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“Gut and Psychology Syndrome” by Dr. Natasha Campbell-McBride

23 Jan

On a seemingly ordinary day in August of 2013,  I awoke with a lot of pressure in my sinuses.  A quick check in the mirror confirmed that my face, was no longer my own; it had swollen and morphed in very inhuman state, and as my boyfriend awoke, I smiled at him and jokingly said “look babe, my face changed.”

Like the loving man he is, this mutation and sudden exhaustion did not detour him from making it one of the most memorable days of our relationship.  Even though I slept through our hiking plans, drudged and moaned throughout the house, and broke into tears in the grocery store because my body was “confused” (the uppers of Sudafed do not mix well with the woozy, hallucinating affects of lots of Benadryl), he proposed that night.  My swollen face and I said yes over take-out Thai to the repeating trumpets of the Princess Bride DVD title page.

The next day, still swollen, emotional and confused, I went to urgent care.  They suspected Sinusitis and prescribed a “Z-pack” (Azithromycin) – a mega antibiotic that wipes your body of bacteria (good and bad) in 3 – 5 days.  By the time I arrived at the surprise engagement party that night, my face was back to normal.  Thank goodness for the Z-pack, right?

Not quite.

Flash forward to 2014 and you’d find it was a difficult year, and it was definitely a difficult year health-wise.  I’m a really healthy person, yet I found myself with recurring bouts of sinusitis and yeast infections, unexplained allergic reactions and constant fatigue.

To get to the bottom of things, I made the trek to Encinitas to see an incredible (and quirky) doctor I’ve been going to for years, Dr. Andrew Specht.  He informed me I was suffering from systematic yeast overgrowth.

I was shocked.  How did this happened?

As I chatted about it with friends, My sister-in-law and total sage pointed me to a book called Gut and Psychology Syndrome.  It has changed the way I see food and nutrition, and allowed me to pinpoint the beginnings of my struggles to that fateful day where I took my first “Z-Pak”.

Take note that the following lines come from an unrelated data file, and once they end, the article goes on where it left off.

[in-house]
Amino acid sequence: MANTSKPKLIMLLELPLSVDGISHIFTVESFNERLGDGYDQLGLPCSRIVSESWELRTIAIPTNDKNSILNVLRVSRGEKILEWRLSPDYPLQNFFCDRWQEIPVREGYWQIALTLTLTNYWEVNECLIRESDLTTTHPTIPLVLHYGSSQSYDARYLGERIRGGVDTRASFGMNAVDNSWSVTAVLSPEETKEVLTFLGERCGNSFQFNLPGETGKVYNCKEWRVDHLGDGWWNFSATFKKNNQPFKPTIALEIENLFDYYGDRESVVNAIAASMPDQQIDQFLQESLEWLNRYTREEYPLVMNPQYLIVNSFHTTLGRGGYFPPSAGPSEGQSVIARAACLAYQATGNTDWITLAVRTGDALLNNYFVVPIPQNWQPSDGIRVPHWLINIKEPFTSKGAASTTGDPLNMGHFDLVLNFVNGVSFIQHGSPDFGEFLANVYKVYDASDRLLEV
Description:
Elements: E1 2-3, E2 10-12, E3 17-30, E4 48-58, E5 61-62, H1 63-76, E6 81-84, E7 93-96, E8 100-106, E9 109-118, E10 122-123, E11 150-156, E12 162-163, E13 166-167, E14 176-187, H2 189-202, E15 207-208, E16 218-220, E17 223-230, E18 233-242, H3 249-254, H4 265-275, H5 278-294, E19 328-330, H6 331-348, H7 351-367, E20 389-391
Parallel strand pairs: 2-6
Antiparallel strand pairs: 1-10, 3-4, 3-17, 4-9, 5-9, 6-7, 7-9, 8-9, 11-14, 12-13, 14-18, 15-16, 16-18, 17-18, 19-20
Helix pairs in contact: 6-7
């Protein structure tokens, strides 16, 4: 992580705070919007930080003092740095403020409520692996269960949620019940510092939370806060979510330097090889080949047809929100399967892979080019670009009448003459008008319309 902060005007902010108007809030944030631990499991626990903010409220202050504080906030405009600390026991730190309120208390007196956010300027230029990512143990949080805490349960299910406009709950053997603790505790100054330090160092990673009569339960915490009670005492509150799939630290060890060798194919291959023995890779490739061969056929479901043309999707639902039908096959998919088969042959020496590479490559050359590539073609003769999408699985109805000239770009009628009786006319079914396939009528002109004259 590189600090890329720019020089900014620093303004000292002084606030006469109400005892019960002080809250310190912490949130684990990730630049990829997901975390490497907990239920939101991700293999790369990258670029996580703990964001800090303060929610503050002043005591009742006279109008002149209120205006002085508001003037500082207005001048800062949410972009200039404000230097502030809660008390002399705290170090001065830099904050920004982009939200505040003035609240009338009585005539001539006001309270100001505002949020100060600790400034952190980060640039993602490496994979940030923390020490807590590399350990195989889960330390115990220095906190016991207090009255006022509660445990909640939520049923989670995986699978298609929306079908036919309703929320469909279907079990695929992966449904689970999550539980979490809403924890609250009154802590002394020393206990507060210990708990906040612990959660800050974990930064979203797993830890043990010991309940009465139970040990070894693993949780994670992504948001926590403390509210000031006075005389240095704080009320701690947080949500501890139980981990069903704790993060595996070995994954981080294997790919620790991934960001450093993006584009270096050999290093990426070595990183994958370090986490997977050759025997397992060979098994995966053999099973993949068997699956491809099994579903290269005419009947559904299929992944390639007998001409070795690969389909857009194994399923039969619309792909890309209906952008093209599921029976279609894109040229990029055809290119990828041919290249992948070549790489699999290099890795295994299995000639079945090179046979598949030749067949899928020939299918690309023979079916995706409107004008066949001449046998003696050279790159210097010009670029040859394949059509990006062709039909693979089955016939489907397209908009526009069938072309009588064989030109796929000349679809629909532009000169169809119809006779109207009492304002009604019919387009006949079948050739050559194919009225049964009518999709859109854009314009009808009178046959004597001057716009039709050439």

By Dr. Natasha Campbell-McBride

Gut and Psychology Syndrome (GAPS), by Dr. Natasha Campbell-McBride makes the argument that all diseases begin in the gut; digestive issues and ADHA/ADD/dyslexia, etc. all overlap.   For me, the book illuminated how that strong antibiotic can cause a chain reaction of events in your digestive system that lead to candida overgrowth and a flurry of symptoms like: allergies, fatigue, recurring viral infections, yeast infections, sinus infections, eczema, asthma, etc. The main theme of argument of Gut and Psychology Syndrome is thus:

Balancing an imbalance of gut flora in your digestive system can be a natural treatment for children and adults suffering from Autism, Dyspraxia, A.D.D, Dyslexia, A.D.H.D., Depression, Schizophrenia, Eating Disorders, Bipolar Disorder, Obsessive Compulsive Disorder and other psychological and auto immune disorders. 

For anyone seriously interested in the information, I highly recommend purchasing her book.   Some notes below and in upcoming posts:


There is a natural balance amongst the 3 types of bacteria in the gut.:

  1. Essential bacteria
  2. Opportunistic bacteria
  3. Transitional flora.


When the gut becomes imbalanced, opportunistic flora take over, and:

  • produce toxic byproducts of their metabolism
  • damage gut wall, making it leaky